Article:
Source: www.litigationfutures.com

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Employment tribunal fees ‘will deny workers justice’ – The Independent

‘Workers unfairly dismissed by their employers are being denied access to justice because of new Government court fees, a cross party committee of MPs has warned. Since the new employment tribunal fees were introduced in 2013 there has been a “precipitate drop” of almost 70 per cent in the number of cases being brought, the Commons Justice committee said. It can now cost as much as £1,200 simply to bring a claim.’

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The Independent, 20th June 2016

Source: www.independent.co.uk

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Children: Private Law Update (June 2016) – Family Law Week

Posted June 17th, 2016 in children, costs, DNA, enforcement, news, undertakings by tracey

‘Alex Verdan QC of 4 Paper Buildings reviews recent important judgments in private law children cases.’

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Family Law Week, 15th June 2016

Source: www.familylawweek.co.uk

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Court sanctions party that failed to paginate its bundles properly – Litigation Futures

Posted June 16th, 2016 in case management, costs, documents, law firms, news, sanctions, solicitors by tracey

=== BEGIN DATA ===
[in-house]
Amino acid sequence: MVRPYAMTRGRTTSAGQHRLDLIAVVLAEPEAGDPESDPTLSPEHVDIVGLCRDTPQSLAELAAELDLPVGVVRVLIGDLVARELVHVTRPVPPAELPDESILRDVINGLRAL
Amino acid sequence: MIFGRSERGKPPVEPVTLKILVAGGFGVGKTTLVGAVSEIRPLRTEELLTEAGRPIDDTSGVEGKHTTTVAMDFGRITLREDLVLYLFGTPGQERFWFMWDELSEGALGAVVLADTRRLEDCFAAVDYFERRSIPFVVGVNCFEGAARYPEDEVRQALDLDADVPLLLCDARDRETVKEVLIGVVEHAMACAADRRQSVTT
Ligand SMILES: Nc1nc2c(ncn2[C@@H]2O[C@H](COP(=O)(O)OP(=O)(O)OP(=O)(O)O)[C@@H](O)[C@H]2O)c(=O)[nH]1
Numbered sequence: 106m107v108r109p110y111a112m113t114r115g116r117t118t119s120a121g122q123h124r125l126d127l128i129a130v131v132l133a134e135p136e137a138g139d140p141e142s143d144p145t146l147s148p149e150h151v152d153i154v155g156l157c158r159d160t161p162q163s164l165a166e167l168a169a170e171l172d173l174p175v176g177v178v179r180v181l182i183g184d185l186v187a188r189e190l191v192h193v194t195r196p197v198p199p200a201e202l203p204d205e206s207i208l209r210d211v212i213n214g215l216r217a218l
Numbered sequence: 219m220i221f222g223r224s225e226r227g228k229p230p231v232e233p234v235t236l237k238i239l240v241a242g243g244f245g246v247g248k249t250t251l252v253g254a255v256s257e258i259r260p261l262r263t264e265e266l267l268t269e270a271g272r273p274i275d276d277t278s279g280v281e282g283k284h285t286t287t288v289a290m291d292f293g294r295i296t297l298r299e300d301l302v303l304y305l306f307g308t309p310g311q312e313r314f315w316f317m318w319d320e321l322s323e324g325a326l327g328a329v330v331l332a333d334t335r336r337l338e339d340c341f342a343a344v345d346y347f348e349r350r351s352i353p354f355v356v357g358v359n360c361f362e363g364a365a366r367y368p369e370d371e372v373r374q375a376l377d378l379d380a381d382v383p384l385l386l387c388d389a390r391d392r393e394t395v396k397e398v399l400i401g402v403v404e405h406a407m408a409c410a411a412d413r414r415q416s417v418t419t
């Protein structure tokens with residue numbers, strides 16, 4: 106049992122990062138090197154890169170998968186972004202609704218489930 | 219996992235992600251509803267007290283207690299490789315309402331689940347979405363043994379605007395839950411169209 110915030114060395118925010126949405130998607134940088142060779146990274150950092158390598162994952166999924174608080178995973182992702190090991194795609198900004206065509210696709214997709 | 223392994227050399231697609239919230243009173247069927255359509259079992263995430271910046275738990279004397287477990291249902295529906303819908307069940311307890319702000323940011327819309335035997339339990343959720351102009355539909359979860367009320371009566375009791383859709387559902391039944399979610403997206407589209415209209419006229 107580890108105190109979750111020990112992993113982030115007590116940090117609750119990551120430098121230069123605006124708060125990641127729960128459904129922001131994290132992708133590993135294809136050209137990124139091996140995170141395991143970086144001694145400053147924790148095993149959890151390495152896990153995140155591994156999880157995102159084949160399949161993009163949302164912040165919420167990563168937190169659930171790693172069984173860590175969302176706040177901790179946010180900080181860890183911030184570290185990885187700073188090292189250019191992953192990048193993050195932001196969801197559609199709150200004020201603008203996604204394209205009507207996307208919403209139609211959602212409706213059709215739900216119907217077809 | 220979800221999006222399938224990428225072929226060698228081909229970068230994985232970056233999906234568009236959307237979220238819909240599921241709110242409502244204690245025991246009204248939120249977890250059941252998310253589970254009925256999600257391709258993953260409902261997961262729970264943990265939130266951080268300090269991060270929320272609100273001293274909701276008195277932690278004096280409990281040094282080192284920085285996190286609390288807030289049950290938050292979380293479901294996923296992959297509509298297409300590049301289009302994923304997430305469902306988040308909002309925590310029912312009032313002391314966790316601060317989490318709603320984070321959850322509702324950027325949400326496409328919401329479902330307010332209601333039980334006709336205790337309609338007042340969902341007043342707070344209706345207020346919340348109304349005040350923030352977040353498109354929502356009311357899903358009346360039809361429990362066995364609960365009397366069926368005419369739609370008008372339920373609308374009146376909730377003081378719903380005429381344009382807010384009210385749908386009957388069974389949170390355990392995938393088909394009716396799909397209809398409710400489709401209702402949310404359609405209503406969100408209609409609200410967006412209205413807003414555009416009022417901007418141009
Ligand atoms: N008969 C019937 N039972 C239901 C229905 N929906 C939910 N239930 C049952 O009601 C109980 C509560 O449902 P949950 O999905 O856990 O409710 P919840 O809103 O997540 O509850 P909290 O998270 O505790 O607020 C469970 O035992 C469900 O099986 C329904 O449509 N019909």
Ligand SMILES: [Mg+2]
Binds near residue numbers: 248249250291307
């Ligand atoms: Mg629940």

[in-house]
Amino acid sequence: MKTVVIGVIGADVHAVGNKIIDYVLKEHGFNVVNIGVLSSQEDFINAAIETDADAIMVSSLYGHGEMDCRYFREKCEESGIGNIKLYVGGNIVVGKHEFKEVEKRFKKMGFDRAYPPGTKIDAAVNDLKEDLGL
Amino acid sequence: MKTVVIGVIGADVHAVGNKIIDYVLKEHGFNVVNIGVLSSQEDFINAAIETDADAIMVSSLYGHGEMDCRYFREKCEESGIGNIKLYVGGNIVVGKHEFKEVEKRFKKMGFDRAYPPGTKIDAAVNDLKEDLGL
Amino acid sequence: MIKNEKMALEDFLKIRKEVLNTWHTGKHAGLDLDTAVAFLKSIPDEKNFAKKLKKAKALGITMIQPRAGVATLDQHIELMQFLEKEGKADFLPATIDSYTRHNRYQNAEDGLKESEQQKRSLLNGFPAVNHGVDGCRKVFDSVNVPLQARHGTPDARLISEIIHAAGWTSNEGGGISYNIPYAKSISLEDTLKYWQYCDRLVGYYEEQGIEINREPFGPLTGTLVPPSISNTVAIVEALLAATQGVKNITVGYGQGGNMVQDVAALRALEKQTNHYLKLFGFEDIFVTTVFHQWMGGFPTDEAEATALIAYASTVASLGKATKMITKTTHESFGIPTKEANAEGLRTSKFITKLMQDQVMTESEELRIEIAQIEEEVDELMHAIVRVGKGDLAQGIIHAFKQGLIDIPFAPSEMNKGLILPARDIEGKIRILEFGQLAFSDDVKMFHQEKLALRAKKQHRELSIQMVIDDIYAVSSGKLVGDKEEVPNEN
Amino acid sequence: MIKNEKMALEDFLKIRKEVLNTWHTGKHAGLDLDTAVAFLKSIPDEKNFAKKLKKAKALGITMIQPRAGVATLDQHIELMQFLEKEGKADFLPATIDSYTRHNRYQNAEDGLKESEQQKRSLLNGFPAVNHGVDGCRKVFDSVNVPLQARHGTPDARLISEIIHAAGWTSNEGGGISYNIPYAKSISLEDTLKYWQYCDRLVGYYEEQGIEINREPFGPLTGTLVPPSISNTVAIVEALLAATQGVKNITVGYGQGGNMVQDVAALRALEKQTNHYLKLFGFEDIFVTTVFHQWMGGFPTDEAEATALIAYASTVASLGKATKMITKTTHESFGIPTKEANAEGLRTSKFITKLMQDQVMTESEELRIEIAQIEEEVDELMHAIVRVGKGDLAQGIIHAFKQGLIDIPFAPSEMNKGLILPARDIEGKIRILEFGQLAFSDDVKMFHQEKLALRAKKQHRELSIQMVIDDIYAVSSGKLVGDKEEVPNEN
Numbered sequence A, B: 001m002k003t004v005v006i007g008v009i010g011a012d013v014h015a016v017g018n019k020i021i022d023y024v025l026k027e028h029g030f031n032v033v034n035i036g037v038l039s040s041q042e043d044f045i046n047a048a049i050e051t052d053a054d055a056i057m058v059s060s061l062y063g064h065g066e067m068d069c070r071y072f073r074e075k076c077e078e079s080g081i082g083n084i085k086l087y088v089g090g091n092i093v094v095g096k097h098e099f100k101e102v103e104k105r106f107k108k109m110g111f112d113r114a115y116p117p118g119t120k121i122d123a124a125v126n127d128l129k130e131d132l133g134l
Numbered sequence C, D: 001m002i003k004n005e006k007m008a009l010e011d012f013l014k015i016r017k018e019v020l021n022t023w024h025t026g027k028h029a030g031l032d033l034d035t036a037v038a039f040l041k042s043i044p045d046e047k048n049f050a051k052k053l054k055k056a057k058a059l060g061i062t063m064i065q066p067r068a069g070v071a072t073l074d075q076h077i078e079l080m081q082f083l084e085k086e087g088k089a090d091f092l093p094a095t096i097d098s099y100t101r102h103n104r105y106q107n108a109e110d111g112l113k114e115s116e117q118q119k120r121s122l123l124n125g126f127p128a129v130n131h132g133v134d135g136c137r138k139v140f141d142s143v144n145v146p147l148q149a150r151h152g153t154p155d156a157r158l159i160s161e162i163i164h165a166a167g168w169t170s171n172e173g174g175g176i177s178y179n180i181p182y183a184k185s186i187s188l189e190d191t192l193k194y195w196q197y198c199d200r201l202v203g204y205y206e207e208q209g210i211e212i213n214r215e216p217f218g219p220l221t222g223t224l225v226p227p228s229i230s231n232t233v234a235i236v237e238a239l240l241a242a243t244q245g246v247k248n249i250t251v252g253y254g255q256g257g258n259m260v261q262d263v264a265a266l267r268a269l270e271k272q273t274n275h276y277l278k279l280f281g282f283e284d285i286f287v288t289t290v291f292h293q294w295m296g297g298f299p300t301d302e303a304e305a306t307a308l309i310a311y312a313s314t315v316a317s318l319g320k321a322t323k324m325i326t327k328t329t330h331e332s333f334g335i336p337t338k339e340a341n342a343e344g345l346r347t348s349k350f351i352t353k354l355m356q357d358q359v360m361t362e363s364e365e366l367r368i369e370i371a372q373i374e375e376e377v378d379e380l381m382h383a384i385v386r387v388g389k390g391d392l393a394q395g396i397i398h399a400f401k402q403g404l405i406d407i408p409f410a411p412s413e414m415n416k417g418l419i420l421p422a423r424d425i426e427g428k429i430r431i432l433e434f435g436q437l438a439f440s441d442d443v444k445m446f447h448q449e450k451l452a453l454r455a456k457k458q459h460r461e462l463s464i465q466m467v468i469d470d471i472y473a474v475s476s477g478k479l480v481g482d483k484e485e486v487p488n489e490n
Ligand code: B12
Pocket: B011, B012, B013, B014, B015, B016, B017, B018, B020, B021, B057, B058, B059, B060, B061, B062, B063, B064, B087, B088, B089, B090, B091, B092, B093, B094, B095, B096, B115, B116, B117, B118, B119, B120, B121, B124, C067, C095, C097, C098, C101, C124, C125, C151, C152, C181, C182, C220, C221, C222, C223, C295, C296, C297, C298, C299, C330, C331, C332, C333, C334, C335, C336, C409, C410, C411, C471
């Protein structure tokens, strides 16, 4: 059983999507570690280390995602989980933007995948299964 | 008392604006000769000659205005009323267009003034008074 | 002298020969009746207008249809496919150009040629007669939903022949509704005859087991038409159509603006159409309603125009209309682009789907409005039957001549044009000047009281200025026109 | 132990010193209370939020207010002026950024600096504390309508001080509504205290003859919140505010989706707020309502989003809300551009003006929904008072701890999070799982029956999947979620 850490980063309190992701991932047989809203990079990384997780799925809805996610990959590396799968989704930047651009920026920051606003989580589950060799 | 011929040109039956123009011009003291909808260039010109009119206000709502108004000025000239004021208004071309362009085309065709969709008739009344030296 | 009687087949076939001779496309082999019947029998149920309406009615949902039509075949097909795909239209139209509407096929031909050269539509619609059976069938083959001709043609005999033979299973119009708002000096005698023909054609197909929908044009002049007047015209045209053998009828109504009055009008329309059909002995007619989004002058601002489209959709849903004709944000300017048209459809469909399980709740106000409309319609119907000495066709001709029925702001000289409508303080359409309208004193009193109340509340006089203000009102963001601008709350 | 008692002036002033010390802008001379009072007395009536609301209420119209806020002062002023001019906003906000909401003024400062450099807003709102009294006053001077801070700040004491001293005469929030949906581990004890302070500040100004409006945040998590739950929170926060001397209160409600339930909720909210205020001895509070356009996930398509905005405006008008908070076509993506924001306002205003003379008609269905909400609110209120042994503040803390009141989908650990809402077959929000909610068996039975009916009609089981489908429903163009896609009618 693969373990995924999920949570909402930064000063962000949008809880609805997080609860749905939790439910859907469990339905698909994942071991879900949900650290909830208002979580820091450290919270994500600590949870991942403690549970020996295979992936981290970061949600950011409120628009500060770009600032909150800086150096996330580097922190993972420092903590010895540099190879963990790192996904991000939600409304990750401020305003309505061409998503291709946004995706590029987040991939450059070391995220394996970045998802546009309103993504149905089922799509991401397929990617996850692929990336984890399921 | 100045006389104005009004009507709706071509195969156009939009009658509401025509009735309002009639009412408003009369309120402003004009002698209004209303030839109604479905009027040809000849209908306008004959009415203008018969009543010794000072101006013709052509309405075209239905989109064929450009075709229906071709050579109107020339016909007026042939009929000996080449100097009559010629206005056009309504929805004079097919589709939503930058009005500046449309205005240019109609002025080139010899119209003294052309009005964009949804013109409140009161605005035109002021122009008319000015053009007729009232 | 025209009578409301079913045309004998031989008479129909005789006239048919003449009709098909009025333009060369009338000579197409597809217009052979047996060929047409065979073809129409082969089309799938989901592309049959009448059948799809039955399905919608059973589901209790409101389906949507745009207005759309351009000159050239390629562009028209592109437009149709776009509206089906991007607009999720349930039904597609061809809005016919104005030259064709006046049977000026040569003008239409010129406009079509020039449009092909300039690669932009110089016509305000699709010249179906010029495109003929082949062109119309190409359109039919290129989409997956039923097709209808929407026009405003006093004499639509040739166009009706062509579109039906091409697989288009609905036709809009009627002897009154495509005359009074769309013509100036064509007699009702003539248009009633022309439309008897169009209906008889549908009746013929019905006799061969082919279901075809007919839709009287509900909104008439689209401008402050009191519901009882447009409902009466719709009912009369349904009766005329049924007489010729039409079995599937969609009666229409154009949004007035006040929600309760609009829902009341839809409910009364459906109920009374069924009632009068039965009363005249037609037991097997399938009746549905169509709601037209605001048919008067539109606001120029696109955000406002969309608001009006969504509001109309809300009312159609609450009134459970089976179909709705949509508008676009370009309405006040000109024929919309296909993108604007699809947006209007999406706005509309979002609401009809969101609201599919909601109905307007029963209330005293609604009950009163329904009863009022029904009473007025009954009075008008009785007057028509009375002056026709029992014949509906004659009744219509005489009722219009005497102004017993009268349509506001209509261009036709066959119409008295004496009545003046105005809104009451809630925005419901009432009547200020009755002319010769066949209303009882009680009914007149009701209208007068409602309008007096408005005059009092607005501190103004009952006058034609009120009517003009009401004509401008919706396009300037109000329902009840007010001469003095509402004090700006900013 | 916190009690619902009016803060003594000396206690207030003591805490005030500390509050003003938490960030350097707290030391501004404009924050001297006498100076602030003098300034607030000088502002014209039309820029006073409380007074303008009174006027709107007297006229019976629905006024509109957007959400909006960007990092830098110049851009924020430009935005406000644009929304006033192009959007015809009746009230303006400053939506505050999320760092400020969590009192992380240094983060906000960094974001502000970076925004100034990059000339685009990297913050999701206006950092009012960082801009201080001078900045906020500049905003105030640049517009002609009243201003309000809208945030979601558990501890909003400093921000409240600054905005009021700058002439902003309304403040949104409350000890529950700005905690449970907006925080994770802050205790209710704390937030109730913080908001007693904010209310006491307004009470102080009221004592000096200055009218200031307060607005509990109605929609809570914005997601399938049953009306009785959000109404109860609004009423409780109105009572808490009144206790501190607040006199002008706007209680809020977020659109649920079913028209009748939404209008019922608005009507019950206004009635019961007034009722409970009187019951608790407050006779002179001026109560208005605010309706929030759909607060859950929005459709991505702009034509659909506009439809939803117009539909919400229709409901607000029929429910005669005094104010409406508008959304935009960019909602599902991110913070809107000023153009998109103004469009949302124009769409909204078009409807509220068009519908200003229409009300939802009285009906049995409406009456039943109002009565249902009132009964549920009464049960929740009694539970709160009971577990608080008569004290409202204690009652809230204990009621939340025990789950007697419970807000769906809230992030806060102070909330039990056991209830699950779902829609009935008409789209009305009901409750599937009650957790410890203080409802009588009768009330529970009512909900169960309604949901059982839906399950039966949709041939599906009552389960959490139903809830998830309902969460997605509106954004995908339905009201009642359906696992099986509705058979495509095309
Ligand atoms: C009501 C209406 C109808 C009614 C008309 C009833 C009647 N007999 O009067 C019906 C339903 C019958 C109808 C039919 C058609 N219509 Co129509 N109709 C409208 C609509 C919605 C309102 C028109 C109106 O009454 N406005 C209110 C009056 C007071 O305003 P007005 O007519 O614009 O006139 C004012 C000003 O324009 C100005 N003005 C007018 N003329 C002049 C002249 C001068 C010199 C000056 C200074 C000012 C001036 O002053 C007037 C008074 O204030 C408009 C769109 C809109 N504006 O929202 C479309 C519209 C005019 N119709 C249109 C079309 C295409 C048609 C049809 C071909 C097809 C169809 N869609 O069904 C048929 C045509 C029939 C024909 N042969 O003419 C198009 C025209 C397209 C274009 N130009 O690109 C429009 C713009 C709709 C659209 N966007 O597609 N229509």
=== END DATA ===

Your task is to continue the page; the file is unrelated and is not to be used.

‘A party’s failure to provide a properly paginated bundle to the High Court has led to the adjournment of key parts of its application for summary judgment and a costs order.’

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Litigation Futures, 14th June 2016

Source: www.litigationfutures.com

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Supreme Court to hear appeal by council on compensation after pier closure – Local Government Lawyer

‘The Supreme Court will next week (23 June) hear a borough council’s appeal over an order that it should pay more than £2m in compensation plus legal costs to the operators of a business on a seaside pier it temporarily shut down.’

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Local Government Lawyer, 13th June 2016

Source: www.localgovernment.co.uk

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Sarah McClay death: South Lakes Safari Zoo fined – BBC News

Posted June 13th, 2016 in animals, costs, employment, fines, guilty pleas, health & safety, inquests, news, sentencing by sally

‘A zoo where a keeper was mauled to death by a tiger has been fined for health and safety breaches.’